Wednesday, September 14, 2011

Something I feel like I should share...

I listen to audio books while I cook, clean and do my walks around my new hometown. Today, I started a Western story called The Adventures of Johnny Vermillion, written by Loren D. Estleman, a funny and decidedly cinematic Western novel with a phenomenal introduction that I think captures what I want to do with a Western RPG. What follows is a selection of that first chapter, trimmed a bit as to try and avoid copyright infringement:

Most of what follows took place in the West.

Not just any West.

It was the West of legend and suckling-memory, where drifters caked head to heel with dust swilled red-eye whiskey at long mahogany bars, punching holes in the tin ceilings with their big Colts to impress their half-naked, quartz-eyed hostesses; where buffalo thunder across gaunt desert, grass ocean, and the great mountain ranges where the earth showed its tusks, stopping only to splash in the wallows and scratch their burlap hides against the cowcatchers of the Central and Western Pacific and the mighty Atchison; where red-lacquer Concords barreled down the western face of the Divide, pulled by teams of six with eyes rolling white, whips cracking like Winchesters above their heads; where glistening black locomotives charged across trestles of latticework oak, burning scrubwood in greasy black steamers and blasting their arrogant whistles; where highwaymen in slouch hats and long dusters pulled bandannas up over their faces and stepped suddenly from behind boulders, firing at the sky and bellowing at shotgun messengers to throw up their hands and throw down the box; where all the towns were named Lockjaw and Busted Straight, Diablo and Purgatory and Spunk.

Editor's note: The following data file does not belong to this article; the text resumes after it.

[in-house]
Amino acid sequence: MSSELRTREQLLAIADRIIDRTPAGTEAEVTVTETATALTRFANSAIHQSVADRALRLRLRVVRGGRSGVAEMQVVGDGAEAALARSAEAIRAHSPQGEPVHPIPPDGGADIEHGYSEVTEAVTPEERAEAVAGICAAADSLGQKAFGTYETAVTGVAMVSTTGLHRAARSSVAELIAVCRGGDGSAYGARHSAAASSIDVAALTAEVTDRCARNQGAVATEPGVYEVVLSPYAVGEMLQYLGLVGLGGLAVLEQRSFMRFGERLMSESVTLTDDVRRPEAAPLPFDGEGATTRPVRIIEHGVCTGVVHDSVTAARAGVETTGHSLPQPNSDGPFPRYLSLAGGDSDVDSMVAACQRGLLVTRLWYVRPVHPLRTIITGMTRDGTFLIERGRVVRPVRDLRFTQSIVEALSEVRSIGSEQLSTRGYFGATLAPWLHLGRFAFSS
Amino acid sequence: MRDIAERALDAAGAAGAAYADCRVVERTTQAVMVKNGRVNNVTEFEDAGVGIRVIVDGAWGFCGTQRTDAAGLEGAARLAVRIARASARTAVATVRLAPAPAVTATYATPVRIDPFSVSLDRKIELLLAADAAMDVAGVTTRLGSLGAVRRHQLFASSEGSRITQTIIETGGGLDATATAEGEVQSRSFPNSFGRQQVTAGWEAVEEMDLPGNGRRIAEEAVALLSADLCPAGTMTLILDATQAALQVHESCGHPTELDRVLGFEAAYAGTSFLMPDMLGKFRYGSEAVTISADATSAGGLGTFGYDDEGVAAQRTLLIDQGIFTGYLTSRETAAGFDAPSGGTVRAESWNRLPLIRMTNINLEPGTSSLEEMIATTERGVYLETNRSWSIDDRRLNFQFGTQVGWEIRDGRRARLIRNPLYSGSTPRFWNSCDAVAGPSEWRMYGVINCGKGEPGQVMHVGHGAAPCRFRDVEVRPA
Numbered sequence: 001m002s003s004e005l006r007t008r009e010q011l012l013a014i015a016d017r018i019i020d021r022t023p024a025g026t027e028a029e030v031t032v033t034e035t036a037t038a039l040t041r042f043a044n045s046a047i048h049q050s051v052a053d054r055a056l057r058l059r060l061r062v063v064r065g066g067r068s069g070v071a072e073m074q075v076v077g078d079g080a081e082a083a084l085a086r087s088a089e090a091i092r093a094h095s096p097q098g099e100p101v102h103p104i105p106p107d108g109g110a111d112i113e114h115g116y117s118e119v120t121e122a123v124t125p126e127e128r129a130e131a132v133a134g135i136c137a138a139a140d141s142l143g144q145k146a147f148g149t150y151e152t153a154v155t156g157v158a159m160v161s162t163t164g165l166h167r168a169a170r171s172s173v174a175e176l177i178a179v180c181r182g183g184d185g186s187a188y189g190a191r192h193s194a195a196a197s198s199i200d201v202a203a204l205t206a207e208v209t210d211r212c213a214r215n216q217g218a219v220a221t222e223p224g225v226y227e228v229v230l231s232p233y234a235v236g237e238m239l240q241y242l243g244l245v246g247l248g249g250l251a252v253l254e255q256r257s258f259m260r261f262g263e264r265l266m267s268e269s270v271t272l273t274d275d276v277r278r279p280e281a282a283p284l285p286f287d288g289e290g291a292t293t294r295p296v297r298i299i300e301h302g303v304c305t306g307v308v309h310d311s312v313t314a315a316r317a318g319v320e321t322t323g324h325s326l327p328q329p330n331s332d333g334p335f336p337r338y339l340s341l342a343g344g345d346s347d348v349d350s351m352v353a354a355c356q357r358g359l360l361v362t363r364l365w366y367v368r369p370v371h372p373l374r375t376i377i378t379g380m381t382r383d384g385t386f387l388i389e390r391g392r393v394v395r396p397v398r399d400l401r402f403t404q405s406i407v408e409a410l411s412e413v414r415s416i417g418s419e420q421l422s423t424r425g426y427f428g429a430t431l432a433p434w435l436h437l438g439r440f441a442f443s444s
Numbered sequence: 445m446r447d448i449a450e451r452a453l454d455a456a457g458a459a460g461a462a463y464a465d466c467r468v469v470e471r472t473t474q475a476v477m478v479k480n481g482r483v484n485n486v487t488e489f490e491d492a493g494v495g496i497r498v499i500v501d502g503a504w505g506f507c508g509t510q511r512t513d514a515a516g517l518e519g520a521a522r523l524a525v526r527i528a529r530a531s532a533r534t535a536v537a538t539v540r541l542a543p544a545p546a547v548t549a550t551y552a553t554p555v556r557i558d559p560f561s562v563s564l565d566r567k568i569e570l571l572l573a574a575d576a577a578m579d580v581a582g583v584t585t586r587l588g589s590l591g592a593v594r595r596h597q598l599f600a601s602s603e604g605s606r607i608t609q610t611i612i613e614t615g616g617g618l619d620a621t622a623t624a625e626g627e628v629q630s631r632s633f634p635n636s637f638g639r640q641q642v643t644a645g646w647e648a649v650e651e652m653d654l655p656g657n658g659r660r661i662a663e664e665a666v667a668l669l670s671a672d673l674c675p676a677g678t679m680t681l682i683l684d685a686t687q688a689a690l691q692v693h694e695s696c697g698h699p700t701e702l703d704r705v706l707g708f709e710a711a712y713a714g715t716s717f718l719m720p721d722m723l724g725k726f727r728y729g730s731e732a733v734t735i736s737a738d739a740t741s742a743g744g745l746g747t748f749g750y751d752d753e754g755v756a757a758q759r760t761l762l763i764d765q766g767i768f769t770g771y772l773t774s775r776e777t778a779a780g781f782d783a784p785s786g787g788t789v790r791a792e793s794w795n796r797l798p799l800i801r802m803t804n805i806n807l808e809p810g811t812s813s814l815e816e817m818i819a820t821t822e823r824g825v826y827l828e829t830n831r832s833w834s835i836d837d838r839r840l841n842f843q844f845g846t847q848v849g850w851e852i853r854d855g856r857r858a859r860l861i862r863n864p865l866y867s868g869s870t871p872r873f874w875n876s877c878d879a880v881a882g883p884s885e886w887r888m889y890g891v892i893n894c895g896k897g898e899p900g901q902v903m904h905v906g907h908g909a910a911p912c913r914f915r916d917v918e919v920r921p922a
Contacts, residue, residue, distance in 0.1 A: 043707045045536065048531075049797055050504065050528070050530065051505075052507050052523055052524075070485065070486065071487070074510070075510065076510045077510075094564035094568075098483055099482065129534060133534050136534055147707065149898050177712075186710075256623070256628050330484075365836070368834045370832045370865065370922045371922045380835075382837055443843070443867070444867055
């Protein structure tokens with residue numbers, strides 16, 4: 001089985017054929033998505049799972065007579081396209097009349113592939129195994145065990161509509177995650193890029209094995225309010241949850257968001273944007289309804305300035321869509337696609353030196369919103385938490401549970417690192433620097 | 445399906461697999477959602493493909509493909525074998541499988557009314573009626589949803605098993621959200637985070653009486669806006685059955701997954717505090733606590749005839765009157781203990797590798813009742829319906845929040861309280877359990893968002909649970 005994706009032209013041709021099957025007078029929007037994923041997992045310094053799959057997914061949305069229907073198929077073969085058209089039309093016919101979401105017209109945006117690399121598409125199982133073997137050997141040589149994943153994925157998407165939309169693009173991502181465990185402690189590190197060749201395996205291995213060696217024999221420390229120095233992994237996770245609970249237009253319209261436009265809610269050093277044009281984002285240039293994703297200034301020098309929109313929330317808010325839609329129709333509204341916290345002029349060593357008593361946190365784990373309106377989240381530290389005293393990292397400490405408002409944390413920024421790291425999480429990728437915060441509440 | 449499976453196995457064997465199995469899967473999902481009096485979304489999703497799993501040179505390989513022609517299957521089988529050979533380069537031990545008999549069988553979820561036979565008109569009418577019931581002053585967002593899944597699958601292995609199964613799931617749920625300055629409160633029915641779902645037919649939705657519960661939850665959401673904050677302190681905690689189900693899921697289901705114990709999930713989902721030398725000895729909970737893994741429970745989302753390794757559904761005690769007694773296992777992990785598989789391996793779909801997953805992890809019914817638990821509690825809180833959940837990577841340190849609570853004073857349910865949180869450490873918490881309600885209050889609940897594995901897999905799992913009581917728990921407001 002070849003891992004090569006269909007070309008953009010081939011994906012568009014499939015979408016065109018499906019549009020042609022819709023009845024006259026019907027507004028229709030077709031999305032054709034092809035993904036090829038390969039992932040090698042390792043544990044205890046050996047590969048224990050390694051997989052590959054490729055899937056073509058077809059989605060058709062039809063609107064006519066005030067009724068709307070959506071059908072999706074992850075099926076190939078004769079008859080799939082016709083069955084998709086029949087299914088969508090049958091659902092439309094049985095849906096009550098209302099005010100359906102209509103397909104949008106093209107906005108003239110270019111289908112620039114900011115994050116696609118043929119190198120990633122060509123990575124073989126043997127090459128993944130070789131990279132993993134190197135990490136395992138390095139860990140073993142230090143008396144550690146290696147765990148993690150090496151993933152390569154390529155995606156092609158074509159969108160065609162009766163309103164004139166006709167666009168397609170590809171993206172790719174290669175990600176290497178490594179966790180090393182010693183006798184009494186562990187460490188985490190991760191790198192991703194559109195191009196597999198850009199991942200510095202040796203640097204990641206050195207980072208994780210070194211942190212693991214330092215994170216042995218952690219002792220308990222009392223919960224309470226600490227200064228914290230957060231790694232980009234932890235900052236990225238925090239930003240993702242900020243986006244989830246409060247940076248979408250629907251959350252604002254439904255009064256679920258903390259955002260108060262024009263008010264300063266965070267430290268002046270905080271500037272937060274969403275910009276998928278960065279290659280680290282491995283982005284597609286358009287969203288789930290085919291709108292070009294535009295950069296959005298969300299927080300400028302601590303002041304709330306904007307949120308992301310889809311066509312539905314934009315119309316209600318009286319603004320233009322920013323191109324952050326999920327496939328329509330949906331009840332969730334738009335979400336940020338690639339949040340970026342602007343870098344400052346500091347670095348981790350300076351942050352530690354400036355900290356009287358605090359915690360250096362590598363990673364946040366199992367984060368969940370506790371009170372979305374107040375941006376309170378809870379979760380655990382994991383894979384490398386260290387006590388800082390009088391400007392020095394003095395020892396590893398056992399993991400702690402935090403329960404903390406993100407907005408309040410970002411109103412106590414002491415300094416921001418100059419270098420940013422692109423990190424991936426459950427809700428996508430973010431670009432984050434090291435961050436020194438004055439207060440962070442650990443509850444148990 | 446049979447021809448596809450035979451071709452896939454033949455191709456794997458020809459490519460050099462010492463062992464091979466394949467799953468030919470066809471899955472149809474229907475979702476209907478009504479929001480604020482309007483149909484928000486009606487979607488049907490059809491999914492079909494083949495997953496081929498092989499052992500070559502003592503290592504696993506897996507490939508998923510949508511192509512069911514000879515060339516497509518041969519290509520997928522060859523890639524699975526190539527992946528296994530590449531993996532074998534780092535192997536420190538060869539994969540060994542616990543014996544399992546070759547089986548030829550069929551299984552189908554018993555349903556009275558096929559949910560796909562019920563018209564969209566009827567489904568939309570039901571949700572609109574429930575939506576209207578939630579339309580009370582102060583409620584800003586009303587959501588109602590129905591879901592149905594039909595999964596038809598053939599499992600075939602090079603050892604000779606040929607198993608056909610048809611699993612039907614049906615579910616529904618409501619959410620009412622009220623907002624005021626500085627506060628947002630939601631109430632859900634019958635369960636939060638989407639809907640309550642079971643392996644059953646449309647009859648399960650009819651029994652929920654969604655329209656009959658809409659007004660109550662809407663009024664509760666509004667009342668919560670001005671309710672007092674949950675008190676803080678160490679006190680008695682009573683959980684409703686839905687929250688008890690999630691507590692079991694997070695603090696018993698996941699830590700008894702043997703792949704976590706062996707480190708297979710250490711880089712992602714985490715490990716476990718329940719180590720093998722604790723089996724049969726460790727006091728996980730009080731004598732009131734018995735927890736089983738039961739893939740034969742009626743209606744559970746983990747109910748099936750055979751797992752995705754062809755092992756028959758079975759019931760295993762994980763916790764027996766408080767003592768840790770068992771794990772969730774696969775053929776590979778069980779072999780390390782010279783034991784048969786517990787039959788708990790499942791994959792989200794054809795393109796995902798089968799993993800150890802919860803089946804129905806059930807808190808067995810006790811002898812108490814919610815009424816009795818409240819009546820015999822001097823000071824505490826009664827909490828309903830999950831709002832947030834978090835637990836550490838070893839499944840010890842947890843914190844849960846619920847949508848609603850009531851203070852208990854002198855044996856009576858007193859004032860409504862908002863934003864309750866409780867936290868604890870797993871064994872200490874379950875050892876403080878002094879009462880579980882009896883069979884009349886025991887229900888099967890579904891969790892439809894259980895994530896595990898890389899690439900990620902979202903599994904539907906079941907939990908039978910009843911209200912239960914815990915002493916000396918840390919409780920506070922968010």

A West where all the gamblers wore linen and pomade and dealt aces from both sides of the deck and derringers from inside their sleeves; where cowboys ate beans and drank coffee around campfires to harmonica music, and everything was heavily seasoned with tin. At sunup, drowsy and stiff, the cowboys drove undulating herds of grumbling, lowing, high-strung longhorns past ridges where feathered warriors balanced their horses square on the edge, bows and lances raised against the sky while the brass section blared and kettle drums pounded. Gun battles cleared busy streets in a twinkling and bullets rang off piles of rock in the alkali flats with p-tweeeeeee!, kicking dust into the eyes of lawman and outlaw alike. The U.S. Cavalry was invincible, and bandits and gunfighters were celebrities, trailing battalions of paparazzi in brown derbies: Custer had yet to stand on his hill, Jesse to turn his back on Bob, and Wild Bill to draw his fabled hand. All the wagon trains came with concertinas, and all the undertakers and hangmen looked like John Carradine.

... It was the West of Daniel Boone, Kit Carson and Billy the Kid; but it was also the West of William S. Hart, Roy Rogers and John Wayne. It was big enough to encompass the bombastery of Buffalo Bill and Cecil B. DeMille and the skullduggery of the bloody brothers Harte.

This was Johnny Vermillion's West; a West that should have been, but never quite was.
Yep, I think that covers a lot of it.

1 comment:

  1. But.. this sounds amazing. I guess it can be a nice start of a habit. Please, let me know if it's worth it!

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